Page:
About the Talk
November 10, 2009 12:00 PM
Belfast, IrelandBelfast, Ireland
Training and simulation is a must to all heavy equipment operators. Since their jobs are perhaps the most crucial one in construction and their tools are undeniably the heaviest to control, ample amount of training and the long years of perfecting the craft are needed.
Large manufacturers of heavy equipment operating in many countries have provided sufficient training grounds for their workers. Different organizations are also taking advantage of simulations training and its benefit to lure more workers into the job since the scarcity of construction warnings are threatening many companies to foreclosure.
Trained employees are needed to increase productivity but it can also be a challenging task to find one. With all the risk and associated cost, many heavy equipment companies dive in just to meet the demands of the fast-pacing infrastructure world. Axis Capital Group, a company which sells and rents capital equipment in Singapore and Jakarta, Indonesia is one of the increasing numbers of companies who are also conducting simulation and training with the aid of high end devices provided by the leading technological companies.
Mining operations have the highest demand of operators among all the construction works being prodded for training. Extensive use of mechanism has driven the production of equipment which is heavier, larger, more powerful and more complex. As a result, these machines have become harder to operate. Hydraulics and electric-cable driven machines remain to be a struggle for operators as it is more difficult to position and orient.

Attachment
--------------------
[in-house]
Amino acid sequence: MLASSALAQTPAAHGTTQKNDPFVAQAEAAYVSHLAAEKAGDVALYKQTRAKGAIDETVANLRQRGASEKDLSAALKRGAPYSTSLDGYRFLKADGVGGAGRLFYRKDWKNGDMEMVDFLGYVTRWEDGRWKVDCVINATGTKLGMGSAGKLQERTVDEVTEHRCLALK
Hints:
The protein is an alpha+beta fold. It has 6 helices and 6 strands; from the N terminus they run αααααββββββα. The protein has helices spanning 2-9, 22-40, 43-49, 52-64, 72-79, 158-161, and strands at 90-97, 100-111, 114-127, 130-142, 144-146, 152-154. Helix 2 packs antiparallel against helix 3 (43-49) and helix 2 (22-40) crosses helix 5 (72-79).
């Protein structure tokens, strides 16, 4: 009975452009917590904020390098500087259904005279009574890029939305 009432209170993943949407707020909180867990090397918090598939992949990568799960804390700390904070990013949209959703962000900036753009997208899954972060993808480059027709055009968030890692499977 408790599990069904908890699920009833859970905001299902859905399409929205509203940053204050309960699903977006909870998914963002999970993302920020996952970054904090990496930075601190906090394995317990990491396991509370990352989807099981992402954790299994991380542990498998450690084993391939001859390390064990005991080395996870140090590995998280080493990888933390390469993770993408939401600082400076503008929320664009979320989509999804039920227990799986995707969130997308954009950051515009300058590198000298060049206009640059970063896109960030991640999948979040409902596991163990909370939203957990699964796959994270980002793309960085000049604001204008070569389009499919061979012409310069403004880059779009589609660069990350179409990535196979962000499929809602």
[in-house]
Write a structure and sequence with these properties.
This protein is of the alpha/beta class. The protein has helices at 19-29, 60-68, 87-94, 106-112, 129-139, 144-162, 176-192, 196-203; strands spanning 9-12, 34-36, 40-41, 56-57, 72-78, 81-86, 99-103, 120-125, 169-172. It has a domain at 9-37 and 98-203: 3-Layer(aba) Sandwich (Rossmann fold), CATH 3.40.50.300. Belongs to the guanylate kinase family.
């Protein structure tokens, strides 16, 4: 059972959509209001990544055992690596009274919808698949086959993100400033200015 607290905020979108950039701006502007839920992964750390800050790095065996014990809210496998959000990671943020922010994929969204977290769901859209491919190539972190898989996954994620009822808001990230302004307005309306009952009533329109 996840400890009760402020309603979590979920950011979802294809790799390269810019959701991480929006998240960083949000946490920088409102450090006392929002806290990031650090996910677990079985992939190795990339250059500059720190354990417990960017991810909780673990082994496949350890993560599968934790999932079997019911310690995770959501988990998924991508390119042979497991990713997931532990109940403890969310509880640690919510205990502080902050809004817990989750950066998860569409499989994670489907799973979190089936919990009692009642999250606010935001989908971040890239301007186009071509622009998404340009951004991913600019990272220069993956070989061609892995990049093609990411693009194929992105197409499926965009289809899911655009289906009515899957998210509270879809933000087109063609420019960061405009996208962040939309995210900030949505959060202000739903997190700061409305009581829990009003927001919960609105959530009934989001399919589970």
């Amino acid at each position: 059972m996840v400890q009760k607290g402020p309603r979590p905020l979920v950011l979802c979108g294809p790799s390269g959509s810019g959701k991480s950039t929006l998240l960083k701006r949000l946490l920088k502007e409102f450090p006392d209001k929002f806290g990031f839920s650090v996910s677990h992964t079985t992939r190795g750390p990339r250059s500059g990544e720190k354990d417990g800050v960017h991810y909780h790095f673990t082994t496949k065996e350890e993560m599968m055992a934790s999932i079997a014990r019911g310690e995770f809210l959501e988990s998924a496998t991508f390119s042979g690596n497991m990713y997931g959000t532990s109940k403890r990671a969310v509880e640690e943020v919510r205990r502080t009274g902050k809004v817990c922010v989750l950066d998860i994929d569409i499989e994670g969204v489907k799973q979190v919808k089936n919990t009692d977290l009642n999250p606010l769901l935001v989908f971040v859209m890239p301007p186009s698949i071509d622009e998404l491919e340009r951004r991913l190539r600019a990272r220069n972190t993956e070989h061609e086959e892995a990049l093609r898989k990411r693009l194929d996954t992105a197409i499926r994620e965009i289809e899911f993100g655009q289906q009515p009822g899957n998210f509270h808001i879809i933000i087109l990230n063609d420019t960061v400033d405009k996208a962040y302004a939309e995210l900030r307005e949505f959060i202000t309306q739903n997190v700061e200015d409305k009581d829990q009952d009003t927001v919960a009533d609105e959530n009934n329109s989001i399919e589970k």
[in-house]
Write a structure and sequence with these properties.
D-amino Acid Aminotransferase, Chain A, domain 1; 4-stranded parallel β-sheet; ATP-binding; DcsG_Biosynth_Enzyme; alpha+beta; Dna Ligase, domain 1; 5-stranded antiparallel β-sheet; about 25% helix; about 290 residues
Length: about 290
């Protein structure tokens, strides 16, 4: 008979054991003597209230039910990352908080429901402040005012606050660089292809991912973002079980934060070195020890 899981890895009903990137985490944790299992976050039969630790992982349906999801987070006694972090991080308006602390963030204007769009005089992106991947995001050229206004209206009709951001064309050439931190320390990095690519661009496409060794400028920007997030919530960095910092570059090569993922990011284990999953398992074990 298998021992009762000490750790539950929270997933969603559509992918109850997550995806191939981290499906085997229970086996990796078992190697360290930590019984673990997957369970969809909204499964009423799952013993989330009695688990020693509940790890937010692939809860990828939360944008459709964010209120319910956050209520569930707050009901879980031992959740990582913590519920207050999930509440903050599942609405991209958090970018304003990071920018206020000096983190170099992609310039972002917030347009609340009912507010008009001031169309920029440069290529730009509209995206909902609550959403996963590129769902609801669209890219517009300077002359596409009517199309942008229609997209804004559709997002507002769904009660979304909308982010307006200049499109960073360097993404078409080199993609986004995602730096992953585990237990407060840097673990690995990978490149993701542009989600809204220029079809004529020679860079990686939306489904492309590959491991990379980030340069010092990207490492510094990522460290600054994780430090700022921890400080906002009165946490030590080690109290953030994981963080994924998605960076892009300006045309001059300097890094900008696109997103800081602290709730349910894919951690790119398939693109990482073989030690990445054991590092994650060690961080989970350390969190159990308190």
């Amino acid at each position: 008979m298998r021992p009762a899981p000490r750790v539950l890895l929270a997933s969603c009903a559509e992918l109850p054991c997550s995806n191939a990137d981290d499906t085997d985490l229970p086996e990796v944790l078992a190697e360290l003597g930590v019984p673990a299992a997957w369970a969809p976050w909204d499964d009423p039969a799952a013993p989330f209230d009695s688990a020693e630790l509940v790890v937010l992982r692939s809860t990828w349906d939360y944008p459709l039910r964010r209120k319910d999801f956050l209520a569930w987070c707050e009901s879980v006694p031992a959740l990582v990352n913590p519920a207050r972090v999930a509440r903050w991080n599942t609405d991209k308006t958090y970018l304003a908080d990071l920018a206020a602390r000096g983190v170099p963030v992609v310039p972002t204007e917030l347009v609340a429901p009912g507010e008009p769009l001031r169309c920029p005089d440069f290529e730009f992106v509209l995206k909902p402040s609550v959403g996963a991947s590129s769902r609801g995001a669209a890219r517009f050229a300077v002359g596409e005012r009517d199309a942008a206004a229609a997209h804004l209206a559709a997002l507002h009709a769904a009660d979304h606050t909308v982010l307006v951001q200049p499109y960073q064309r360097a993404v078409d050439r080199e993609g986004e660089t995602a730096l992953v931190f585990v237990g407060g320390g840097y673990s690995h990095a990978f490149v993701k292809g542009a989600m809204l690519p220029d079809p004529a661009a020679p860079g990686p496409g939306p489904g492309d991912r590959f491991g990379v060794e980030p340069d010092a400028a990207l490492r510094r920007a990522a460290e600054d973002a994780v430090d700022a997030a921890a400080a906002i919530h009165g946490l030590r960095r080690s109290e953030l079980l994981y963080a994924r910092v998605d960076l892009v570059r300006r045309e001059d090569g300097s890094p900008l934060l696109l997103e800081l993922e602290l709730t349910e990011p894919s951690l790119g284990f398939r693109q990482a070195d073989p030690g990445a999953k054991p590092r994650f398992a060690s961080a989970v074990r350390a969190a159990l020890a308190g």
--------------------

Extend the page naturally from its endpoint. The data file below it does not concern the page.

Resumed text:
To date, graphical simulations are being provided which promise lesser risk and realistic experience. Trainings are now held in a room with what seems like television screens, some of which are showing 3D experiences. The virtual environment is designed after the actual job site and the control panels are built in complete replicate of the actual ones in the machines. Trainers can also control the simulation process to which operators can be trained to make split-second decisions when faced with life-threatening situations in the workplace.
In a lot of reviews, Komatsu has just started its 3D simulator training for engine maintenance. Caterpillar and Mitsubishi have already started theirs and have been in a better shape with their arduous workers. The training may be tedious and takes longer hours of being baked under the sun and on the heat of machineries around but for worthwhile experience, those who passed the training are able to demand higher salary wage and have a good chance of being promoted.